Coming off of last week’s post about SAS vs. SATA myths, let’s now shift gears to review an old myth about SSDs vs. HDDs. Of course Seagate makes both, so we’re especially interested in understanding and demystifying how the divergent features of SSDs and HDDs fit best into the applications they’re designed for.
A few years ago when SSDs began getting more attention in the marketplace, the chatter spreading around the industry was that the impending doom of HDDs was near and SSDs were going to take over the world. Well, that didn’t happen, but it nevertheless fueled many other myths, some of which still linger today.
Arguably one of the most significant SSD myths is simply the fact that SSDs are by nature more reliable than HDDs because they have no physical moving parts. The argument itself certainly appears logical. And over the past several years, with so many new SSD makers coming up, and without any significant field data released about reliability, the truth of the matter is that it was, and remains, anyone’s guess as to how SSD reliability would play out.
What didn’t help further is that during those same previous years, there were no existing standards for SSD reliability or endurance. In other words, no SSD maker could be held accountable for its endurance and reliability claims since there was no defined standard of measurement. Fortunately that is beginning to change and we’ve reported previously about the implementation of the JEDEC standards.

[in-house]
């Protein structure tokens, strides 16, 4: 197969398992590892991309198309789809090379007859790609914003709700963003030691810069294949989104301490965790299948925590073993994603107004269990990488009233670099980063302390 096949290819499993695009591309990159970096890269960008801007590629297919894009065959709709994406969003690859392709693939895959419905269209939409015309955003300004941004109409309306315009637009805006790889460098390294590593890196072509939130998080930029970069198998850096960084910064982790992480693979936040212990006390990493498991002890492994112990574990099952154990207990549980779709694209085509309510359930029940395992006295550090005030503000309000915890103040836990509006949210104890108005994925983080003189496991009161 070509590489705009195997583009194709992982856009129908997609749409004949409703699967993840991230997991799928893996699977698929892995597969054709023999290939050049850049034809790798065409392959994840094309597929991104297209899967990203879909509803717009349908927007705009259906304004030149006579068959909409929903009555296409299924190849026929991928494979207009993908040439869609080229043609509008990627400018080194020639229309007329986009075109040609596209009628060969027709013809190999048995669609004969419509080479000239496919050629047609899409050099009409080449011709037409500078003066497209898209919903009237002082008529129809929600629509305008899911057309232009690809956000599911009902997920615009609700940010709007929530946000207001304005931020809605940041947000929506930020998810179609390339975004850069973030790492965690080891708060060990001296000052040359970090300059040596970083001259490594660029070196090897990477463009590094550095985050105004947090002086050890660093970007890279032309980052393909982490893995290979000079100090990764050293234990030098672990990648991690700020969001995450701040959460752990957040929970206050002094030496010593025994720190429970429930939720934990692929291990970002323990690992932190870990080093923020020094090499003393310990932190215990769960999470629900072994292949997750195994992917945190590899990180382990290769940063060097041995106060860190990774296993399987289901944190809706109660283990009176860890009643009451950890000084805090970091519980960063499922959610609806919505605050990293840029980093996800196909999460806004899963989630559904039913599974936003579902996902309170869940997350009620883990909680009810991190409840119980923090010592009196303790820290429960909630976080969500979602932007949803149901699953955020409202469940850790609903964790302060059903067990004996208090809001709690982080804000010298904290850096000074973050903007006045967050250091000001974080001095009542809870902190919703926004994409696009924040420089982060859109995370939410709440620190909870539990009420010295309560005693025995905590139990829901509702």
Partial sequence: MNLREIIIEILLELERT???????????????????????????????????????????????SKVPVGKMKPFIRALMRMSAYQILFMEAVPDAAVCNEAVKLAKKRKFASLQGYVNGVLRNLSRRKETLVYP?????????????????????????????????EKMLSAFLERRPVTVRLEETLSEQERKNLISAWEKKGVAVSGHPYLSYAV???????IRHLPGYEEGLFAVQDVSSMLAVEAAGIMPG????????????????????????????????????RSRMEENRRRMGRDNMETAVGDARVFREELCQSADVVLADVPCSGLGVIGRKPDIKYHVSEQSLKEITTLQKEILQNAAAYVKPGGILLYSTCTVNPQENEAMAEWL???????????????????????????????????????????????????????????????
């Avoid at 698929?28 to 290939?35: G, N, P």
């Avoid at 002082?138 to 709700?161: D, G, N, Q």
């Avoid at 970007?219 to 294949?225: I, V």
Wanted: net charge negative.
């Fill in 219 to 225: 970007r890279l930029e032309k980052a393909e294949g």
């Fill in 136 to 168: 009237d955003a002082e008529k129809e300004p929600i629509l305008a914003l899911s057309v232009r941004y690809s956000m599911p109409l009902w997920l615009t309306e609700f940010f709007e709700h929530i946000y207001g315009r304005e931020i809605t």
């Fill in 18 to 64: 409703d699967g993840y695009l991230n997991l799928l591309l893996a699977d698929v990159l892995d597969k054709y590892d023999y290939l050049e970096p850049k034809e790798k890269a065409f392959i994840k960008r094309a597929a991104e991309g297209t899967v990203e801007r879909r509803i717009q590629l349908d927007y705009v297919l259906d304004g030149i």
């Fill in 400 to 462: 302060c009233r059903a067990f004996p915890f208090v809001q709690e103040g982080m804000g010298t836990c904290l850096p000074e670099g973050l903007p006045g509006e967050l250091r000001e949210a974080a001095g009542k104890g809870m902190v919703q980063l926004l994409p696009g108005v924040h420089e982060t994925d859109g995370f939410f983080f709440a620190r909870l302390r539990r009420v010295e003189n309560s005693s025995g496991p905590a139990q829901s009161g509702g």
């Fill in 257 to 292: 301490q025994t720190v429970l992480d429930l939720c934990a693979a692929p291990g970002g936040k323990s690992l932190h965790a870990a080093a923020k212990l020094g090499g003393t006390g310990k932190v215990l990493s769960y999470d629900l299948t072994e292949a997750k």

So now that it’s been a few years, and SSDs have spent time in the field, Tom’s Hardware wanted to get to the heart of the matter. They recently posted a story, “Investigation: Is your SSD more reliable than a hard drive?” The story includes data from numerous makers, research centers, and engineers as well as interviews from leading experts in the field. The results of their study? Among many conclusions and interesting findings, the belief and myth that SSDs are definitely more reliable than HDDs is NOT one of them.
And that may certainly send shock waves out to some people out there who have always assumed otherwise.
There is no doubt that SSD reliability will improve over time, and of course Seagate itself is storage agnostic by serving both the HDD and SSD markets. But if anything else, the story at Tom’s Hardware is a good cautionary piece that ultimately serves as a warning to be careful of buying into hype.